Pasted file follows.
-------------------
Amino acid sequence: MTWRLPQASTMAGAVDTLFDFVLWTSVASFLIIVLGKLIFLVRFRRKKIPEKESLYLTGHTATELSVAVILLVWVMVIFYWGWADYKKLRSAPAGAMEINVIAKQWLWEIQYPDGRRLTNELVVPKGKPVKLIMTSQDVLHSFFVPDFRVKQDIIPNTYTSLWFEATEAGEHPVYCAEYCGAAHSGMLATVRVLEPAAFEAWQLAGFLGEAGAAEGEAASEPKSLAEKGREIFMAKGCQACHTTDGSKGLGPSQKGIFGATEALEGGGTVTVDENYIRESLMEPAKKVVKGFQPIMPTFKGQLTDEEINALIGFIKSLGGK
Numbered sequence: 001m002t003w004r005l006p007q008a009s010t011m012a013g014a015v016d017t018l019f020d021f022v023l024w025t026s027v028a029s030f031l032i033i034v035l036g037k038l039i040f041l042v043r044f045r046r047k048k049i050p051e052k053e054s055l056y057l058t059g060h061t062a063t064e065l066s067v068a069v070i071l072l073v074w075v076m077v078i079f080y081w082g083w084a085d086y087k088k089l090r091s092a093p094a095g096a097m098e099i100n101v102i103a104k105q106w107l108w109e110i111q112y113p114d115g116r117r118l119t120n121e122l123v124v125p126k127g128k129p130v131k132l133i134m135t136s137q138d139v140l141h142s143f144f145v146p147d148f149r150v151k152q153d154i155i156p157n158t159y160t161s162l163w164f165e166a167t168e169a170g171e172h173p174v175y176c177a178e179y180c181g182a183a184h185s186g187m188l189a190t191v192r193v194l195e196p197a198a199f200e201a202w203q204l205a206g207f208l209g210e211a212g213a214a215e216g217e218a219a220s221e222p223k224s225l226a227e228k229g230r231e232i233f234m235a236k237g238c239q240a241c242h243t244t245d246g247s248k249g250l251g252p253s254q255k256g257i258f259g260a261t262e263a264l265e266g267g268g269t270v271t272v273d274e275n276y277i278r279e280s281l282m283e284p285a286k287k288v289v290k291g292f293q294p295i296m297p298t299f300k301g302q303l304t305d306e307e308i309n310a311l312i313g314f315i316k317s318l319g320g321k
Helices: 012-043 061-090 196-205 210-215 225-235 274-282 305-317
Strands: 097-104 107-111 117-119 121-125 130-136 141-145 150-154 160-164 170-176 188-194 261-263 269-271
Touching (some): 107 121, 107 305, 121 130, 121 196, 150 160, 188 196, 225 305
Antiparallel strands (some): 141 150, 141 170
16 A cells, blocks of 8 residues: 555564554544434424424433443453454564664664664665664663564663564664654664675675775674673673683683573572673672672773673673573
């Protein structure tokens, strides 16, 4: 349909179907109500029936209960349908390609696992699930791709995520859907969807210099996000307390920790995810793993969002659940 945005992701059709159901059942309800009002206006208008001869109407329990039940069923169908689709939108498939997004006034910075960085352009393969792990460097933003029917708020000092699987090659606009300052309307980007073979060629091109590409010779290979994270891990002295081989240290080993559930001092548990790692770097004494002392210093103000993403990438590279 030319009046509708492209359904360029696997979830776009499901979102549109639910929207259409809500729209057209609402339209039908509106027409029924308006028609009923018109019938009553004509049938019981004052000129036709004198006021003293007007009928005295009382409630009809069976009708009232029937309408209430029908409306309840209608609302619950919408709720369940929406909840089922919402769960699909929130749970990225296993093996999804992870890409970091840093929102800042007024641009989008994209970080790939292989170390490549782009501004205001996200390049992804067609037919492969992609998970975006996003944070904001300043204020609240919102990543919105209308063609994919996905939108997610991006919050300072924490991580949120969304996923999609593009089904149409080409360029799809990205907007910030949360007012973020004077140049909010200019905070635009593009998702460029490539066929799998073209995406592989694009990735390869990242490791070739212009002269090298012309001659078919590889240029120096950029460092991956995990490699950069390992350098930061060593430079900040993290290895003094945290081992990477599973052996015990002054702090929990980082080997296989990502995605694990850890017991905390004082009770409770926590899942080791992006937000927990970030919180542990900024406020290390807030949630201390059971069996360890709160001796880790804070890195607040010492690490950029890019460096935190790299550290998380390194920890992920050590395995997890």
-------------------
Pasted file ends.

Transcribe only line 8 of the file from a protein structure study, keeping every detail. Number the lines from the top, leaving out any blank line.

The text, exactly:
């Protein structure tokens, strides 16, 4: 349909179907109500029936209960349908390609696992699930791709995520859907969807210099996000307390920790995810793993969002659940 945005992701059709159901059942309800009002206006208008001869109407329990039940069923169908689709939108498939997004006034910075960085352009393969792990460097933003029917708020000092699987090659606009300052309307980007073979060629091109590409010779290979994270891990002295081989240290080993559930001092548990790692770097004494002392210093103000993403990438590279 030319009046509708492209359904360029696997979830776009499901979102549109639910929207259409809500729209057209609402339209039908509106027409029924308006028609009923018109019938009553004509049938019981004052000129036709004198006021003293007007009928005295009382409630009809069976009708009232029937309408209430029908409306309840209608609302619950919408709720369940929406909840089922919402769960699909929130749970990225296993093996999804992870890409970091840093929102800042007024641009989008994209970080790939292989170390490549782009501004205001996200390049992804067609037919492969992609998970975006996003944070904001300043204020609240919102990543919105209308063609994919996905939108997610991006919050300072924490991580949120969304996923999609593009089904149409080409360029799809990205907007910030949360007012973020004077140049909010200019905070635009593009998702460029490539066929799998073209995406592989694009990735390869990242490791070739212009002269090298012309001659078919590889240029120096950029460092991956995990490699950069390992350098930061060593430079900040993290290895003094945290081992990477599973052996015990002054702090929990980082080997296989990502995605694990850890017991905390004082009770409770926590899942080791992006937000927990970030919180542990900024406020290390807030949630201390059971069996360890709160001796880790804070890195607040010492690490950029890019460096935190790299550290998380390194920890992920050590395995997890």